Climate Change

More cold on the way for North India post-Christmas: IMD

Punjab, Haryana, Chandigarh, Delhi, Uttar Pradesh and Rajasthan will be affected

 
By Akshit Sangomla
Last Updated: Tuesday 24 December 2019
More cold on the way for North India post-Christmas: IMD
Photo: @chmnaidu / Twitter
Photo: @chmnaidu / Twitter

The ongoing ‘cold days’ will intensify into a ‘cold wave’ conditions from December 25, 2019 in several parts of north and north-west India, including Punjab, Haryana, Chandigarh, Delhi and Uttar Pradesh as well as Rajasthan, according to India Meteorological Department (IMD).

The weather agency's cutoff for such conditions is a minimum temperature of at most 10 degrees Celsius for the plains and 0°C for hilly areas. A cold day is defined on the basis of maximum day temperature while a cold wave is defined by looking at minimum temperatures recorded on two consecutive nights.

The departures in temperatures for both extreme events are 4.5-6.4°C below normal. When the departure exceeds 6.5°C, severe conditions are declared.

For a cold wave, apart from this, another parameter is the absolute minimum temperatures recorded for two consecutive days which has to be equal or below 4°C for the plains. Severe conditions are declared when the minimum goes below 2°C.

Why the chill

The IMD's weekly update read:

“In the past week, cold day to severe cold day conditions had been reported at most places over Punjab, Haryana, Chandigarh, Delhi, western Uttar Pradesh and Rajasthan on two days each; at many places over Punjab, Haryana, Chandigarh, Delhi and Uttar Pradesh on one day; at a few places over western Madhya Pradesh on one day; at isolated places over eastern Madhya Pradesh, eastern Uttar Pradesh, Jammu & Kashmir and Himachal Pradesh on one day each during the week.” 

Delhi recorded a maximum temperature of 12.9°C on December 17 — the lowest in 16 years, since 12.6°C on December 25, 2003.

The reason for these cold days was a low-lying cloud cover over the north Indian plains, which could have been caused by the moisture incursion caused by the incoming western disturbances and the induced cyclonic circulations over the region since the beginning of December. This has also caused significant precipitation, both snow and rain, in the region which preceded the cold day conditions in many places.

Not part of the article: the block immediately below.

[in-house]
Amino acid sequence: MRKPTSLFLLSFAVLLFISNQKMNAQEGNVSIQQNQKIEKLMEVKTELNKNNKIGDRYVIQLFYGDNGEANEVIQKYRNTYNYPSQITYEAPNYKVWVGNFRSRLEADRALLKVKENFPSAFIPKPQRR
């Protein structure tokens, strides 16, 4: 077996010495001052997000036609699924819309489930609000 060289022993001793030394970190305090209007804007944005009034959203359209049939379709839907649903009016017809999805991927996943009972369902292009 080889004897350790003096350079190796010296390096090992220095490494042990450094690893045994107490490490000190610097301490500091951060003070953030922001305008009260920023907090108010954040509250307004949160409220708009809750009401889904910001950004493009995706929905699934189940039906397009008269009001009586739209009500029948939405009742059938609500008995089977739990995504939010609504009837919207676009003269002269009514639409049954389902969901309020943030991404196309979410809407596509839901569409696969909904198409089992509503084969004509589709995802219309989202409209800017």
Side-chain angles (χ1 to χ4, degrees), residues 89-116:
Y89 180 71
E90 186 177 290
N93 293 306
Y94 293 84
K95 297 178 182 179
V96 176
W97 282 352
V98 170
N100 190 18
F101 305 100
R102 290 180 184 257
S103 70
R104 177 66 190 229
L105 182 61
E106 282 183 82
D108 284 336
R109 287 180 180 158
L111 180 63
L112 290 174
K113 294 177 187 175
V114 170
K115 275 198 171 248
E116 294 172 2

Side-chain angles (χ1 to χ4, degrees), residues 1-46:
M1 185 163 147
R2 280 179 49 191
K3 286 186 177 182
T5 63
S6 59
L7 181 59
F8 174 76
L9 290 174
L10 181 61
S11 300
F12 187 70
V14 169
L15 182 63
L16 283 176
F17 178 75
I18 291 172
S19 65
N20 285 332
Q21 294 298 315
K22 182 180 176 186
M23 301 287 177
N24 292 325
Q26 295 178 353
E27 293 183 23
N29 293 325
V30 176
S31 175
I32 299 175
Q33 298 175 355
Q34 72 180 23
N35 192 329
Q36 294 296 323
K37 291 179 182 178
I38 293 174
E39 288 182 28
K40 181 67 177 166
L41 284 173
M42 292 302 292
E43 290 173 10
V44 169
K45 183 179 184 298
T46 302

In the week from December 12-18, the country as a whole received 183 per cent excess precipitation while north-west India received 448 per cent precipitation more than it receives during this time of the year. In fact, the overall post monsoon (after October 1) precipitation in the country has also been high at 35 per cent above normal.

North-west India has received the highest at 121 per cent more than normal. This comes after active south west monsoon and north east monsoon seasons in the country and the abatement of the weak El Nino conditions in the eastern Pacific Ocean. This moisture incursion has also caused fog conditions, which combined with pollutants have caused smog events, bringing down air quality in many North Indian cities, especially Delhi and the National Capital Region.

The current conditions have occurred after the IMD had declared in November that the winter season will be warmer than usual, especially for the cold wave regions of the country. It had made a similar prediction last year as well after which northern India had seen one of its coldest winters.

But the reasons for the cold wave conditions in the last season was the lack of strong western disturbances in the region in December, which had caused the cold wave to stick around while the cold day conditions this year have come with the western disturbances.

Subscribe to Weekly Newsletter :
Related Stories

Comments are moderated and will be published only after the site moderator’s approval. Please use a genuine email ID and provide your name. Selected comments may also be used in the ‘Letters’ section of the Down To Earth print edition.